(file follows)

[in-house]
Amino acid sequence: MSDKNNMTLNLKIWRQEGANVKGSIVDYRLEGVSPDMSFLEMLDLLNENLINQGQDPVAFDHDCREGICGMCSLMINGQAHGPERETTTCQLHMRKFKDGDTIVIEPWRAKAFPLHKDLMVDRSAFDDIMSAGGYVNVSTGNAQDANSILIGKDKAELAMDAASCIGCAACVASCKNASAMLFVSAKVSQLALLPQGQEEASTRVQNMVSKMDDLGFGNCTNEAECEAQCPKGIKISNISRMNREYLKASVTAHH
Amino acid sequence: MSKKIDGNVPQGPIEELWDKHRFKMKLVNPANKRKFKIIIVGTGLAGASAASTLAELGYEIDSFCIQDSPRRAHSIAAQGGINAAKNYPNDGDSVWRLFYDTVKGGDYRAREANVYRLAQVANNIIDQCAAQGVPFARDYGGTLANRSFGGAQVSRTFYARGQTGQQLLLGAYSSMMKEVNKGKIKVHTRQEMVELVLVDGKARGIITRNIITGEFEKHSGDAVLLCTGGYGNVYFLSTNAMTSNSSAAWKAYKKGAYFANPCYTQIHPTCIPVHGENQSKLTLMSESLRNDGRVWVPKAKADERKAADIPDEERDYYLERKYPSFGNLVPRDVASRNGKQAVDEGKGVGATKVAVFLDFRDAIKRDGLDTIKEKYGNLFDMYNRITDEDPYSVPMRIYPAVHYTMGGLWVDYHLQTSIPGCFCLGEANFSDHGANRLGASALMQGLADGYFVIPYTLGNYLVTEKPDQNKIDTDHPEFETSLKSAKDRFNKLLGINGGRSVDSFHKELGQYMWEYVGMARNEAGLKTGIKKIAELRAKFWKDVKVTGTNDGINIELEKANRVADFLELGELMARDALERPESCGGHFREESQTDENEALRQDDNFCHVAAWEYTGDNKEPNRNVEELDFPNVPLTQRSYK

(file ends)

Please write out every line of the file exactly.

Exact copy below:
[in-house]
Amino acid sequence: MSDKNNMTLNLKIWRQEGANVKGSIVDYRLEGVSPDMSFLEMLDLLNENLINQGQDPVAFDHDCREGICGMCSLMINGQAHGPERETTTCQLHMRKFKDGDTIVIEPWRAKAFPLHKDLMVDRSAFDDIMSAGGYVNVSTGNAQDANSILIGKDKAELAMDAASCIGCAACVASCKNASAMLFVSAKVSQLALLPQGQEEASTRVQNMVSKMDDLGFGNCTNEAECEAQCPKGIKISNISRMNREYLKASVTAHH
Amino acid sequence: MSKKIDGNVPQGPIEELWDKHRFKMKLVNPANKRKFKIIIVGTGLAGASAASTLAELGYEIDSFCIQDSPRRAHSIAAQGGINAAKNYPNDGDSVWRLFYDTVKGGDYRAREANVYRLAQVANNIIDQCAAQGVPFARDYGGTLANRSFGGAQVSRTFYARGQTGQQLLLGAYSSMMKEVNKGKIKVHTRQEMVELVLVDGKARGIITRNIITGEFEKHSGDAVLLCTGGYGNVYFLSTNAMTSNSSAAWKAYKKGAYFANPCYTQIHPTCIPVHGENQSKLTLMSESLRNDGRVWVPKAKADERKAADIPDEERDYYLERKYPSFGNLVPRDVASRNGKQAVDEGKGVGATKVAVFLDFRDAIKRDGLDTIKEKYGNLFDMYNRITDEDPYSVPMRIYPAVHYTMGGLWVDYHLQTSIPGCFCLGEANFSDHGANRLGASALMQGLADGYFVIPYTLGNYLVTEKPDQNKIDTDHPEFETSLKSAKDRFNKLLGINGGRSVDSFHKELGQYMWEYVGMARNEAGLKTGIKKIAELRAKFWKDVKVTGTNDGINIELEKANRVADFLELGELMARDALERPESCGGHFREESQTDENEALRQDDNFCHVAAWEYTGDNKEPNRNVEELDFPNVPLTQRSYK